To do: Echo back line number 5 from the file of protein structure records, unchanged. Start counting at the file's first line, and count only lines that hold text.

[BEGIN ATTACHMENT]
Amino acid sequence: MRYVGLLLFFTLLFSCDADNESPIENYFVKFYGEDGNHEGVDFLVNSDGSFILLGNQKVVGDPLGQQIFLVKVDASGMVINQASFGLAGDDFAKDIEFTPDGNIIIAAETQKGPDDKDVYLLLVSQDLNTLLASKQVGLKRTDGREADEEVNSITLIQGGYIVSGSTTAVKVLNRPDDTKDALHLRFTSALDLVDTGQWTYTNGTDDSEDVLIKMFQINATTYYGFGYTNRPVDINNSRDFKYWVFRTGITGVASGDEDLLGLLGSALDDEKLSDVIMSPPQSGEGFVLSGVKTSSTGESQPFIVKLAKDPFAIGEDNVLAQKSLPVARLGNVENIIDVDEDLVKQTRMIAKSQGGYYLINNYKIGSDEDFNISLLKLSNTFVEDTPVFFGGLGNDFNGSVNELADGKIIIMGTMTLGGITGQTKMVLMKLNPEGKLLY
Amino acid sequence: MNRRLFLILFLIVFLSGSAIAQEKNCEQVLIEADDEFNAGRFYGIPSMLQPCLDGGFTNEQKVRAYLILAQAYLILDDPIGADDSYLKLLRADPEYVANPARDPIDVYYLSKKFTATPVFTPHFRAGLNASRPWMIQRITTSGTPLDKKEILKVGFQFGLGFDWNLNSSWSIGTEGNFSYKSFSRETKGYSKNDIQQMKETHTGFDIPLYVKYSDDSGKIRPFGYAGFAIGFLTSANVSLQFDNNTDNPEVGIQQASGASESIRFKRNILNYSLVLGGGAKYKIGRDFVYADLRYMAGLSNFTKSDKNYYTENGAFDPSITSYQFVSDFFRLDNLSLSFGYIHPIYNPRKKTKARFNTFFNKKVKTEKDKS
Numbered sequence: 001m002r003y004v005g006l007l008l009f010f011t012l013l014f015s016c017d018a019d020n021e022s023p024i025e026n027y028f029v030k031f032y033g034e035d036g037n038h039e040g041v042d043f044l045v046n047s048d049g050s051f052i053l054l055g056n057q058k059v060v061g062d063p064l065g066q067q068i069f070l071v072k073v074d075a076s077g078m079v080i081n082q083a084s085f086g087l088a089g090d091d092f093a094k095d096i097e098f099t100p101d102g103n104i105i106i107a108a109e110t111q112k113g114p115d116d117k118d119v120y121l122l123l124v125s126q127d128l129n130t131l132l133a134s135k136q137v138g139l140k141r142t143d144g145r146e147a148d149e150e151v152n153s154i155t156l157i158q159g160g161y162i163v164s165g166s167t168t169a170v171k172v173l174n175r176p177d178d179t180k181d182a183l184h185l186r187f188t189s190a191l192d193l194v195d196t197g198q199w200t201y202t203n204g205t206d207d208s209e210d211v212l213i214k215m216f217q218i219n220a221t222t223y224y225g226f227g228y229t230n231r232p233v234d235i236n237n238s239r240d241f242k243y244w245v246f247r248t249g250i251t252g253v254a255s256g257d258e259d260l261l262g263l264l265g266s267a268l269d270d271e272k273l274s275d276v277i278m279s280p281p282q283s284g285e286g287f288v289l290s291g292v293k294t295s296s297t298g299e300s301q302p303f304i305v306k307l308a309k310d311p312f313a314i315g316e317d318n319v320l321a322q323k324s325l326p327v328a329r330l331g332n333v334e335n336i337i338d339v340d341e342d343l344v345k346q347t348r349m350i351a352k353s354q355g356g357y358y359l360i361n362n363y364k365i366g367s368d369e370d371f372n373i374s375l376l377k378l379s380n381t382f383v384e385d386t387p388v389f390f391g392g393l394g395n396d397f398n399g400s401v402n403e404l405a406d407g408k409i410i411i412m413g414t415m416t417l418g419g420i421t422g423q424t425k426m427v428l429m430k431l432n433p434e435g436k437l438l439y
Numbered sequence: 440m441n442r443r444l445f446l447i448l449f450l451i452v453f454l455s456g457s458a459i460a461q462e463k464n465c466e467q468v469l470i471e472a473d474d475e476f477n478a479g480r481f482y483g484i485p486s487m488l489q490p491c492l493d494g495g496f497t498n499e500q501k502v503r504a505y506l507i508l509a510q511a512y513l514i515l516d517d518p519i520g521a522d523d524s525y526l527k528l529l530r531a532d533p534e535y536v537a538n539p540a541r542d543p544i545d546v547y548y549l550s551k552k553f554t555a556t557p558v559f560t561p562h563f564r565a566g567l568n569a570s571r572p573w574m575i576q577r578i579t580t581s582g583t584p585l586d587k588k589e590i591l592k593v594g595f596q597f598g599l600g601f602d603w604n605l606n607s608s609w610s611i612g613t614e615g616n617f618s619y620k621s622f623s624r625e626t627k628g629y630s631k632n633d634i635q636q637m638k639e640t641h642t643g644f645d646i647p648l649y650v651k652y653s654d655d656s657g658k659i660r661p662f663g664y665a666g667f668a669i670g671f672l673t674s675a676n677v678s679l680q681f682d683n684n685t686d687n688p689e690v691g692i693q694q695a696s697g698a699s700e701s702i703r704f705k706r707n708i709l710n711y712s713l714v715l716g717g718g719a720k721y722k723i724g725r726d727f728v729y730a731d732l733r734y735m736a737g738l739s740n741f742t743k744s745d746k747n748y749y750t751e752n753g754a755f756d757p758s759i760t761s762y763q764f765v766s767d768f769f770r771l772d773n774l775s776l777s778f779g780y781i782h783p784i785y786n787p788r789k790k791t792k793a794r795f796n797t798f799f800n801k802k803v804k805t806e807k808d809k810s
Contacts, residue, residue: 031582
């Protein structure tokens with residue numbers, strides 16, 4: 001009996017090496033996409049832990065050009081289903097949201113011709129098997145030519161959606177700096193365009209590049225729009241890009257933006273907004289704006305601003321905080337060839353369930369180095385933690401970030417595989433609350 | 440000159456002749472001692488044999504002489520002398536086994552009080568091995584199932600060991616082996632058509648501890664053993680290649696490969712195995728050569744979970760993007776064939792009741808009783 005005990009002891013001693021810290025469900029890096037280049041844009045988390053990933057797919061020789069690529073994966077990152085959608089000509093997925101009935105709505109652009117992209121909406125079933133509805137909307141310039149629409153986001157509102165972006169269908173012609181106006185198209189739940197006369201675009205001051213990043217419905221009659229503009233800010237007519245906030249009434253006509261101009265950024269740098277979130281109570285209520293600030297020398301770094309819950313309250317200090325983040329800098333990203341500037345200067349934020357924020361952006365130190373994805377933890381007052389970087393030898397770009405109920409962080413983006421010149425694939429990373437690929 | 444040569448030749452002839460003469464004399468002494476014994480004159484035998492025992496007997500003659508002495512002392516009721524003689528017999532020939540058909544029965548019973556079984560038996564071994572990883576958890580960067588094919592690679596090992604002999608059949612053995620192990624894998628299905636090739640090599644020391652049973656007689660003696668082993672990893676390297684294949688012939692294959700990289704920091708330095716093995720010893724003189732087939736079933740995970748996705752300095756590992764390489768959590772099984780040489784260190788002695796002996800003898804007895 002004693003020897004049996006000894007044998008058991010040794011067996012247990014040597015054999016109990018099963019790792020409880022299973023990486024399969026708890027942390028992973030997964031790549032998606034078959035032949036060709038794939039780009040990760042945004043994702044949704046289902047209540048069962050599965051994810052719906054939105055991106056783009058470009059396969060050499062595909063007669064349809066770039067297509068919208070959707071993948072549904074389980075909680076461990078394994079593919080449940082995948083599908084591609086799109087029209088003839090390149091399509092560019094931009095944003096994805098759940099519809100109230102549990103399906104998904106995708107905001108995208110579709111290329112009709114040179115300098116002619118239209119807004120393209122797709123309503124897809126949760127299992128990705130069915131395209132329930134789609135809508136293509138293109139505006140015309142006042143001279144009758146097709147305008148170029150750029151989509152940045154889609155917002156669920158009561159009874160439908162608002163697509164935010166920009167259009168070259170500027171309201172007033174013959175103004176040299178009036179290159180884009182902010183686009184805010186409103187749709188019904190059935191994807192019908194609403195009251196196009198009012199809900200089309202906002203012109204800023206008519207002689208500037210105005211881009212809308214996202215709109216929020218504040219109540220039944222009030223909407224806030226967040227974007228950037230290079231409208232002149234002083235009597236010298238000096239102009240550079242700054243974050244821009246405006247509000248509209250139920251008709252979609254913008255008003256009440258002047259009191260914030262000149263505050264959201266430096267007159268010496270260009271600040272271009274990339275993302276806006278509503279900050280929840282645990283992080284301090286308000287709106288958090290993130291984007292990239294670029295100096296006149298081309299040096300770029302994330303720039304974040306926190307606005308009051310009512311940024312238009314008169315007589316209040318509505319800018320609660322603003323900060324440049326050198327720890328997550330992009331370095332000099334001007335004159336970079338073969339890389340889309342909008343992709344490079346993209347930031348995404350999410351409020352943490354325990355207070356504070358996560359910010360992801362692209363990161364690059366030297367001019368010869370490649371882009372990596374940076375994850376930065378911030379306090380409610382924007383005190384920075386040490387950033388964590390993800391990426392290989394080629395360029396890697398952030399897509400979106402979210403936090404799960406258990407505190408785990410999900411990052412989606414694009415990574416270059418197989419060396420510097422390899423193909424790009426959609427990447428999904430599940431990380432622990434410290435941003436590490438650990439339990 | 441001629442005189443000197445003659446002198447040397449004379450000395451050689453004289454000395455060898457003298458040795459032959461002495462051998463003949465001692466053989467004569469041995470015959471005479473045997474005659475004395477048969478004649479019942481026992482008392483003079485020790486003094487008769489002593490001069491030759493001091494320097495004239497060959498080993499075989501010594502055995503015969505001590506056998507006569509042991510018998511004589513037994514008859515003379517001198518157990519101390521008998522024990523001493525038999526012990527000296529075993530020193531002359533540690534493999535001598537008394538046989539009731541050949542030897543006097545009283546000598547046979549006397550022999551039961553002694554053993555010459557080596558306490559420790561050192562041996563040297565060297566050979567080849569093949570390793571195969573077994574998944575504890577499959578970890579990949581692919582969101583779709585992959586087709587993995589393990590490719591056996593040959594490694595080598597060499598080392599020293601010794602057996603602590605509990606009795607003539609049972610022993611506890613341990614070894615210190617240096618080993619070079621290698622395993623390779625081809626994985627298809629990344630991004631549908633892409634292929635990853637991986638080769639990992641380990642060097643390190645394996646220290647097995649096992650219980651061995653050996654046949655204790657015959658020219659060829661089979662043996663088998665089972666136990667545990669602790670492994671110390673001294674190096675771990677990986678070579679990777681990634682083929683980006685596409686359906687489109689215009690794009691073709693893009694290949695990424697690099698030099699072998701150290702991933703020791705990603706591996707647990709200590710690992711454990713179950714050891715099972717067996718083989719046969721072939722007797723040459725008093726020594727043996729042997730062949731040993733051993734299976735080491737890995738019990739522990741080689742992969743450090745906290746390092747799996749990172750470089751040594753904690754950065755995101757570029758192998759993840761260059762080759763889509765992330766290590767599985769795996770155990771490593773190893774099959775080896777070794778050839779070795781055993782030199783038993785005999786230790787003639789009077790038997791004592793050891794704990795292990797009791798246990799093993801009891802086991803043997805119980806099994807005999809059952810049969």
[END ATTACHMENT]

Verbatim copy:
Contacts, residue, residue: 031582